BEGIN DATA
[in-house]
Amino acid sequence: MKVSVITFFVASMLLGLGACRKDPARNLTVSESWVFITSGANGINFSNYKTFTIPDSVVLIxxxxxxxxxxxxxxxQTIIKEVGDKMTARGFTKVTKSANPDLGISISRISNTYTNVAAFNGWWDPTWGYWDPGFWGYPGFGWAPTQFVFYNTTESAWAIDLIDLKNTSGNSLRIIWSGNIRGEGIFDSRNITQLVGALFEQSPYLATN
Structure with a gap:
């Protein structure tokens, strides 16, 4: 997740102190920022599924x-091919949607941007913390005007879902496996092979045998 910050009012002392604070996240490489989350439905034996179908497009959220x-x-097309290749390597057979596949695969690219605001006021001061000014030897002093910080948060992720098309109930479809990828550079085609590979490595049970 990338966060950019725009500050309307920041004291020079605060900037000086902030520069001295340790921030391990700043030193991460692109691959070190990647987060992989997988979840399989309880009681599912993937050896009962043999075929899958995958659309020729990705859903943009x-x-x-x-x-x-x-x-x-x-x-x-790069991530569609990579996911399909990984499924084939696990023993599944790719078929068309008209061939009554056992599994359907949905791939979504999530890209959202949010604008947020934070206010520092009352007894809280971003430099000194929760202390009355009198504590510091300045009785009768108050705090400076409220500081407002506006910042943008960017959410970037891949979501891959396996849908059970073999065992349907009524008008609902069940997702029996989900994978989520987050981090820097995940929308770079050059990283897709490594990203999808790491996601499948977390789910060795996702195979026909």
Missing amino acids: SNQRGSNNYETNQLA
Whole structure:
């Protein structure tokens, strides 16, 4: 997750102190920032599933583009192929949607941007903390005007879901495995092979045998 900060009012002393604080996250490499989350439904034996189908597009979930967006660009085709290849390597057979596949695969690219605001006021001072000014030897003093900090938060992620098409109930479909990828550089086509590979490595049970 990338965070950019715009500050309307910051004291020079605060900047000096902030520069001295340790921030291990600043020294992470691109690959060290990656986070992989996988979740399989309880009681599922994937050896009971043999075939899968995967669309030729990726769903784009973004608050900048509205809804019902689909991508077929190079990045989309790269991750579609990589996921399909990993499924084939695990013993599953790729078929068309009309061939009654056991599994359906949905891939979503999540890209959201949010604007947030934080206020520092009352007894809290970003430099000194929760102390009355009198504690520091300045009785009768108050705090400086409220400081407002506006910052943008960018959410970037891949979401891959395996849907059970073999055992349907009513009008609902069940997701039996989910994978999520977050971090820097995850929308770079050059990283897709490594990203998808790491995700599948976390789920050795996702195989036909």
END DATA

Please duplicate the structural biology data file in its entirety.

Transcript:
[in-house]
Amino acid sequence: MKVSVITFFVASMLLGLGACRKDPARNLTVSESWVFITSGANGINFSNYKTFTIPDSVVLIxxxxxxxxxxxxxxxQTIIKEVGDKMTARGFTKVTKSANPDLGISISRISNTYTNVAAFNGWWDPTWGYWDPGFWGYPGFGWAPTQFVFYNTTESAWAIDLIDLKNTSGNSLRIIWSGNIRGEGIFDSRNITQLVGALFEQSPYLATN
Structure with a gap:
């Protein structure tokens, strides 16, 4: 997740102190920022599924x-091919949607941007913390005007879902496996092979045998 910050009012002392604070996240490489989350439905034996179908497009959220x-x-097309290749390597057979596949695969690219605001006021001061000014030897002093910080948060992720098309109930479809990828550079085609590979490595049970 990338966060950019725009500050309307920041004291020079605060900037000086902030520069001295340790921030391990700043030193991460692109691959070190990647987060992989997988979840399989309880009681599912993937050896009962043999075929899958995958659309020729990705859903943009x-x-x-x-x-x-x-x-x-x-x-x-790069991530569609990579996911399909990984499924084939696990023993599944790719078929068309008209061939009554056992599994359907949905791939979504999530890209959202949010604008947020934070206010520092009352007894809280971003430099000194929760202390009355009198504590510091300045009785009768108050705090400076409220500081407002506006910042943008960017959410970037891949979501891959396996849908059970073999065992349907009524008008609902069940997702029996989900994978989520987050981090820097995940929308770079050059990283897709490594990203999808790491996601499948977390789910060795996702195979026909």
Missing amino acids: SNQRGSNNYETNQLA
Whole structure:
């Protein structure tokens, strides 16, 4: 997750102190920032599933583009192929949607941007903390005007879901495995092979045998 900060009012002393604080996250490499989350439904034996189908597009979930967006660009085709290849390597057979596949695969690219605001006021001072000014030897003093900090938060992620098409109930479909990828550089086509590979490595049970 990338965070950019715009500050309307910051004291020079605060900047000096902030520069001295340790921030291990600043020294992470691109690959060290990656986070992989996988979740399989309880009681599922994937050896009971043999075939899968995967669309030729990726769903784009973004608050900048509205809804019902689909991508077929190079990045989309790269991750579609990589996921399909990993499924084939695990013993599953790729078929068309009309061939009654056991599994359906949905891939979503999540890209959201949010604007947030934080206020520092009352007894809290970003430099000194929760102390009355009198504690520091300045009785009768108050705090400086409220400081407002506006910052943008960018959410970037891949979401891959395996849907059970073999055992349907009513009008609902069940997701039996989910994978999520977050971090820097995850929308770079050059990283897709490594990203998808790491995700599948976390789920050795996702195989036909």